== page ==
If you attempted to click on a link in any of my previous posts, they did not work. This has been fixed. Blogger and I had a minor dispute over proper html format. I won, and Blogger is now awaiting trial. So, if you go back and click on stuff, it will take you there now. Lol.
Okay, back to our regularly scheduled program. This Monday is week 2 of thesis inspiration. Last Monday, today, and next Monday are dedicated to the three children’s movies that inspired my thesis novel for Seton Hill—Disney’s “Mulan,” “Quest for Camelot,” and “The Swan Princess.”
So, without further a due—“Quest for Camelot.”
Based in Arthurian Legend, “Quest for Camelot” tells the story of Kayley—daughter of a Knight of the Round Table—and her dream to become a knight. Her world is turned up-side-down with the death of her father at the wicked Sir Ruber’s hand. Ten years later, Kayley’s world is further turned to chaos by the theft of Excalibur—King Arthur’s famed sword—and the arrival of Ruber at her home. Kayley escapes Ruber’s watchful eye and flees to the Forbidden Forest where Excalibur has been lost. There, she meets Garrett—a blind hermit who is as good a fighter as any knight—Devon and Cornwall—two heads of a dragon that refuse to get along—and Aiden—a silver-winged falcon. With the help of her new companions, she finds Excalibur and returns it to Camelot only to be intercepted by Ruber. With Garrett’s help, Kayley defeats Ruber and saves Camelot. She is knighted by King Arthur and finds herself in possession of everything she’s ever wanted—knighthood and Garrett.
That’s a lot. I did say last week that “Quest for Camelot” had the largest impact on my thesis. I wasn’t kidding.
Some similar themes between “Quest for Camelot” and “Mulan” in terms of my thesis. A form of the military figures prominently in both. Jayleen—my protagonist—desires nothing more than to be admitted into the Royal Guard—thirty elite soldiers charged with the protection of the royal family. Like King Arthur’s knights, the members of the guard ride on horseback and are formidable warriors. I can’t say that the idea of the Royal Guard came directly from the knights, but the Round Table certainly had a hand.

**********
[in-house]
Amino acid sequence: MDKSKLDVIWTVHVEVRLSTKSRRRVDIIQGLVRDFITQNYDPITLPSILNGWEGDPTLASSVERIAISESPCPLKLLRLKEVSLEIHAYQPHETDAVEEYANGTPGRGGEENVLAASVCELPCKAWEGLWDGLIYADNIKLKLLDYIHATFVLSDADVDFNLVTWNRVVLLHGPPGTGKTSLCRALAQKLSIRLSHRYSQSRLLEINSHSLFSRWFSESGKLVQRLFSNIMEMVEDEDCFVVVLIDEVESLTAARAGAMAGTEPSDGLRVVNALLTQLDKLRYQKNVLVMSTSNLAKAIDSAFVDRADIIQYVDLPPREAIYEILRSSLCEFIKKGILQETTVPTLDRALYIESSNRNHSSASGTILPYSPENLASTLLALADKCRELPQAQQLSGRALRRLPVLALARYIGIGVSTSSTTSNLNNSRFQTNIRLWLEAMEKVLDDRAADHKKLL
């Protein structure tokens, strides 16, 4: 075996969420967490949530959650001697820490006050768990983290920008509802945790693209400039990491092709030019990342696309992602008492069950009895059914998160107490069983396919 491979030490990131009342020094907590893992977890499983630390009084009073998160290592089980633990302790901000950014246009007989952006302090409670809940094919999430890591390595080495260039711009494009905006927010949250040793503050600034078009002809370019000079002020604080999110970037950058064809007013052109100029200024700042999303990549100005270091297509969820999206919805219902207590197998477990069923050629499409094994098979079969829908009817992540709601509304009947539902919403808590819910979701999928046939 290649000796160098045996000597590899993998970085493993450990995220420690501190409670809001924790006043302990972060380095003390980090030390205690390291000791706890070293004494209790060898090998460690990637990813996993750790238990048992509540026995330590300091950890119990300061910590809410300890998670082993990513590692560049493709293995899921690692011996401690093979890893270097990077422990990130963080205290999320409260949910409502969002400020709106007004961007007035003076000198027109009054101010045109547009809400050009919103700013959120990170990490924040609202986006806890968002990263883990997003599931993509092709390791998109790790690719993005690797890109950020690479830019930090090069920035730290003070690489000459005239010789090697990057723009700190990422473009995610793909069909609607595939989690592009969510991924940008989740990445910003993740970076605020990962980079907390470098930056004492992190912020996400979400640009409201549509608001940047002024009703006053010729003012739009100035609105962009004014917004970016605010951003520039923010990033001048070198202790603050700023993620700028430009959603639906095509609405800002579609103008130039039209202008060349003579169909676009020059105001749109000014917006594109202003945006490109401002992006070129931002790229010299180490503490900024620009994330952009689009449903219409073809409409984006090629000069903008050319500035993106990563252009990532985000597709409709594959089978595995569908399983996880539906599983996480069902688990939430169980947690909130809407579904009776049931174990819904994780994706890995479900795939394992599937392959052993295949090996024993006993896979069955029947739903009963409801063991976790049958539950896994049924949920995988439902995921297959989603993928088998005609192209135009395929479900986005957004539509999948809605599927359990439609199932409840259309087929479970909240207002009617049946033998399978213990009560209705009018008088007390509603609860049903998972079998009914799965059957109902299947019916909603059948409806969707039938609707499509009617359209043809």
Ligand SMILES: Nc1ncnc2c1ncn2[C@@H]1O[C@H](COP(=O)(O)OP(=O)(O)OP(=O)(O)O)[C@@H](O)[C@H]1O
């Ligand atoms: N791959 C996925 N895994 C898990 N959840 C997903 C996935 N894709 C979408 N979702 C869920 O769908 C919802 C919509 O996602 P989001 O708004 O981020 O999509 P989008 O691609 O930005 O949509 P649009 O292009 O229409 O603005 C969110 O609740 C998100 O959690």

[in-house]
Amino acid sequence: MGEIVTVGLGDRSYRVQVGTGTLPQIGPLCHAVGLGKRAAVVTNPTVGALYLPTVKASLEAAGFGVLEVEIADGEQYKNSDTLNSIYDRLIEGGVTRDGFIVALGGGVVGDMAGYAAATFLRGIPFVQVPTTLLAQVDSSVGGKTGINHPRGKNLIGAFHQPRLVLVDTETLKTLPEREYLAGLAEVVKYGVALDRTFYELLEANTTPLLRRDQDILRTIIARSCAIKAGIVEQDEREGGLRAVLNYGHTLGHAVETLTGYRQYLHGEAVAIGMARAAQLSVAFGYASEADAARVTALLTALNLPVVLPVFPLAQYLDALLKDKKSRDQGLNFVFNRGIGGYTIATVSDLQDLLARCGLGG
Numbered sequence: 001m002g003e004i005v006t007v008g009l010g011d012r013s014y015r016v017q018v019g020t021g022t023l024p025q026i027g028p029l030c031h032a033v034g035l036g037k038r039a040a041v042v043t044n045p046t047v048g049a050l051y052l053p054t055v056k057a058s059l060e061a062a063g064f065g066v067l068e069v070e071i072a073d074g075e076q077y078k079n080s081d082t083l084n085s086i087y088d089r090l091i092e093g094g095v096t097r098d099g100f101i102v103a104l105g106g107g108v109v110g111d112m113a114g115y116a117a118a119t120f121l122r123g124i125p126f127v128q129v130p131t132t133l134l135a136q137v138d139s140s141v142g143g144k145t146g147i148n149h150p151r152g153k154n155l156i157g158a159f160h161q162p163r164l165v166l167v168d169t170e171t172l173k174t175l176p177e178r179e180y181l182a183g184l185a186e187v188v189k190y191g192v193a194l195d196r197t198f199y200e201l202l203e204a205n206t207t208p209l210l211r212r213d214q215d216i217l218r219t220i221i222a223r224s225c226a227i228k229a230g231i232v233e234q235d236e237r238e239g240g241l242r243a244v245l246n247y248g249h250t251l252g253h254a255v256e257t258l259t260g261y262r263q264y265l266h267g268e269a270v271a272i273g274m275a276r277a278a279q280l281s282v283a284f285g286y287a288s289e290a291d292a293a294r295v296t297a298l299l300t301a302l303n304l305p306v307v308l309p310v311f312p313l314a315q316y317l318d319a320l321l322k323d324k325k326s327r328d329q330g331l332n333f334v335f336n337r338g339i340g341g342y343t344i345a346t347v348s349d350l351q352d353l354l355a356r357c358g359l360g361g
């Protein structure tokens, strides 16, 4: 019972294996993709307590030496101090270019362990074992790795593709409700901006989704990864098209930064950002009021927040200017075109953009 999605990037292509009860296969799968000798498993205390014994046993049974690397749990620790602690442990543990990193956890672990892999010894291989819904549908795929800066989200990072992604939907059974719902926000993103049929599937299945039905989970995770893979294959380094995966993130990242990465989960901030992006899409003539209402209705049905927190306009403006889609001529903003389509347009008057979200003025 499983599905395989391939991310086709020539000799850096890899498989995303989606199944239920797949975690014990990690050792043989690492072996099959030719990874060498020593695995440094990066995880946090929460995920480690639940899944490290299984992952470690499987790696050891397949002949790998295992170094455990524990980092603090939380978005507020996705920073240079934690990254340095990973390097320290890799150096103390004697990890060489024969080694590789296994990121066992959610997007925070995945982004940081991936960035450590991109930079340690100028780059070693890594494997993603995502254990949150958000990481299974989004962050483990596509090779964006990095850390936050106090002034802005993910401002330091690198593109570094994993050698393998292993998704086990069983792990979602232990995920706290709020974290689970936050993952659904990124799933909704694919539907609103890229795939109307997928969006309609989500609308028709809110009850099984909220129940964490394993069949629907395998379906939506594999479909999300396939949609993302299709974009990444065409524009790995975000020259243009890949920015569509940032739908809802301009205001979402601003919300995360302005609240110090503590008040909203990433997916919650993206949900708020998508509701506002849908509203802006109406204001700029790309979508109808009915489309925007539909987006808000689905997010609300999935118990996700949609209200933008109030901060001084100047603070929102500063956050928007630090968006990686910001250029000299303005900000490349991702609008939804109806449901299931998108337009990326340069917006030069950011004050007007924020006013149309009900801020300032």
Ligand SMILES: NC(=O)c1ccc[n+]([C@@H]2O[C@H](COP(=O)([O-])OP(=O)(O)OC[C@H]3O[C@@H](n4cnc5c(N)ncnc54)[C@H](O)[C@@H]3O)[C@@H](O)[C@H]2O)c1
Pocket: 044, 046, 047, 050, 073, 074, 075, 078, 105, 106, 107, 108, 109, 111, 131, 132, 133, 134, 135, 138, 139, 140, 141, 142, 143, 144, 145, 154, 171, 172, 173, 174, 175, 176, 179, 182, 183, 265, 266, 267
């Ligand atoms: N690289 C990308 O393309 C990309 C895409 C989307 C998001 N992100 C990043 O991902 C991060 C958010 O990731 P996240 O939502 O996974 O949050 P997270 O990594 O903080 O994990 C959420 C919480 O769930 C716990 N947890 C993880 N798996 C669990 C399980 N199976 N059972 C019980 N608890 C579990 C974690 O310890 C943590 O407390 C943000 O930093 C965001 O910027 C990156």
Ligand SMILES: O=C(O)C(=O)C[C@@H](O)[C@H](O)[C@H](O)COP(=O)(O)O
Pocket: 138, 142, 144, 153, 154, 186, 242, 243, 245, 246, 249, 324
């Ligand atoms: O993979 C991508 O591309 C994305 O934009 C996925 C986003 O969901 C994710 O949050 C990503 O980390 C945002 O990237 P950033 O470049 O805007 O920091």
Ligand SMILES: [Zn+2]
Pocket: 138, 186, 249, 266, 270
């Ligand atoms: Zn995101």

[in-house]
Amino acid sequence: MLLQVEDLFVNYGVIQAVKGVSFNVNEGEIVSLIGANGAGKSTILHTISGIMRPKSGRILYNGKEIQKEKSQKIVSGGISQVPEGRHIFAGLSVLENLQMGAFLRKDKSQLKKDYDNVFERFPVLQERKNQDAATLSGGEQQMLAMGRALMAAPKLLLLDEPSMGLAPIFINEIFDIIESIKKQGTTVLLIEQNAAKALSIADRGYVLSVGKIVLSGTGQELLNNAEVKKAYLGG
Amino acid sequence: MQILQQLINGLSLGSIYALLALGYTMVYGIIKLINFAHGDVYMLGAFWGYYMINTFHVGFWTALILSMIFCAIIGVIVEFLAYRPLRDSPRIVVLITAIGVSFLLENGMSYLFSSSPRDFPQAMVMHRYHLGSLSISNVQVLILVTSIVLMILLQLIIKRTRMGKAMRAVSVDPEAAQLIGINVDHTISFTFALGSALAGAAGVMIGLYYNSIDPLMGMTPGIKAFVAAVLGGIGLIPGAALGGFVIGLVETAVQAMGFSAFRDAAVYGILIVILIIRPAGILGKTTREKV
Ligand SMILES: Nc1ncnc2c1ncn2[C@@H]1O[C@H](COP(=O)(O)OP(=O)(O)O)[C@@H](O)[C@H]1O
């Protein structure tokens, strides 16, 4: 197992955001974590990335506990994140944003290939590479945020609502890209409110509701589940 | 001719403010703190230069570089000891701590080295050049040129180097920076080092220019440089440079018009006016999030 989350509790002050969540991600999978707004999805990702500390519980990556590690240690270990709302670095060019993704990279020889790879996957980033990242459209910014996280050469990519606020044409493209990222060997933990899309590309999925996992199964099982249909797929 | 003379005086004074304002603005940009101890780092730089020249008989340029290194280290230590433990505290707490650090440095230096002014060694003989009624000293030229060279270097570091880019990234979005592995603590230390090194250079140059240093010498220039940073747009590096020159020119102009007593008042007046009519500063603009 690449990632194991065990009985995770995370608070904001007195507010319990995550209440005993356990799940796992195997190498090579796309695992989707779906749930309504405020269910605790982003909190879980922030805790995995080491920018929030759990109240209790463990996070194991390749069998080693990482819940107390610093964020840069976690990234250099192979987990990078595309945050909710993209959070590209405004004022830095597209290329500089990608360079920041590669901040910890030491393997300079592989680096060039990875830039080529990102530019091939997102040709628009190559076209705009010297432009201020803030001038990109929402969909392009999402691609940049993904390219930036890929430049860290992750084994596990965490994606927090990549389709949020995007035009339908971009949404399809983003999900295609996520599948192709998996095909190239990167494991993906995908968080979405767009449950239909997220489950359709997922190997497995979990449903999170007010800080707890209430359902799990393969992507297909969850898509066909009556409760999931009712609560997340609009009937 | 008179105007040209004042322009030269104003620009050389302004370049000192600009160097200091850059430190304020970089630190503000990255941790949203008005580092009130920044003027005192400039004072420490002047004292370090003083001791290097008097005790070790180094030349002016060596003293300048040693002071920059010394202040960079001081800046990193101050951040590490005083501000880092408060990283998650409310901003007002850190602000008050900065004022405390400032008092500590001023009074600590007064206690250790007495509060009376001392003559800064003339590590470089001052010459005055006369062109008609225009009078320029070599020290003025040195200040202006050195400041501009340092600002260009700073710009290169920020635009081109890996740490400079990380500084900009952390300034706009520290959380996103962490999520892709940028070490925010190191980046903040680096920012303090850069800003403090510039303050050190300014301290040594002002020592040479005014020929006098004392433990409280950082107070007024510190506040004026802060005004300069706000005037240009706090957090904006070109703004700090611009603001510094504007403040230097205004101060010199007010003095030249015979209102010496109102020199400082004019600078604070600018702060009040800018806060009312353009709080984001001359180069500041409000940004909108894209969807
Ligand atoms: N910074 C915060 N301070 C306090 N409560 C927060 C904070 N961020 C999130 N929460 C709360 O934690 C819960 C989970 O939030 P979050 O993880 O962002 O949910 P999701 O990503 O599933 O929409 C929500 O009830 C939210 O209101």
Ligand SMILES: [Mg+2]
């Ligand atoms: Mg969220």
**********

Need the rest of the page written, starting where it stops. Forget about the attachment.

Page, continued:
Jayleen herself—I originally gave Jayleen auburn hair (similar to Kayley’s). Then, my mentor pointed out that the red-headed heroine was a bit overdone. I privately fumed at this. It wasn’t true. I mean, the red-headed heroines that I can think of are only Kayley, Kahlan (“Sword of Truth” series by Terry Goodkind), Ariel (“The Little Mermaid”), Thumbelina, Merida (“Brave”), Ce’Nedra (“The Belgariad” by David Eddings), and Anastasia (from the 20th Century Fox animated feature). Err, all right—maybe it was overdone. So, I relented and made Jayleen’s hair sable brown. It actually fits her better.
That said, I did base a lot of Jayleen off of Kayley. Jayleen looks up to her father—general of the army and captain of the Royal Guard. Jayleen also finds herself in a situation where she reluctantly, at least initially, has to work with a member of the opposite gender. In her case, though, there are two members of the opposite gender—Crown Prince Kylander and, in different ways, her brother—Julian.
Okay, Jayleen—you’re a spotlight hoarder. Step aside so I can talk about the overall impact of the movie on my thesis. The idea of Camelot—the powerful kingdom—had an impact as well. It’s in no way based on Camelot, other than being a powerful kingdom, but that’s where the idea of Edalya came from.
Most important, at least to me, I will now talk about the romance. Is there any, yes. Do Jayleen and the Prince end up together—not saying. What I will say is that, regardless of whether they do or not, they are given real reasons to grow together. What does this mean? As I say in my post about “Tangled,” the romantic couple is given a chance to get to know one another and fall in love for the right reasons. Kayley and Garrett do this as well. They fight, run, and struggle their way through the Forbidden Forest until Ruber wounds Garrett. In that moment, Kayley and Garrett realize they’re in love. Corny, maybe, but it wasn’t love at first sight, and it wasn’t “I haven’t even really looked at you but let’s get married.” It’s real.
All righty, I think that just about wraps it up. Next week will conclude the Thesis Three (I just made that up, and it’s catchy) sequence with “The Swan Princess.” And, next Friday—could it be? Spoilers?
See you out of the box,
P.S. Check out my duet (thanks to my duet partner) of “Looking Through Your Eyes” from “Quest for Camelot. I’m working at getting “On My Father’s Wings” up as well, but life keeps happening. Stay tuned.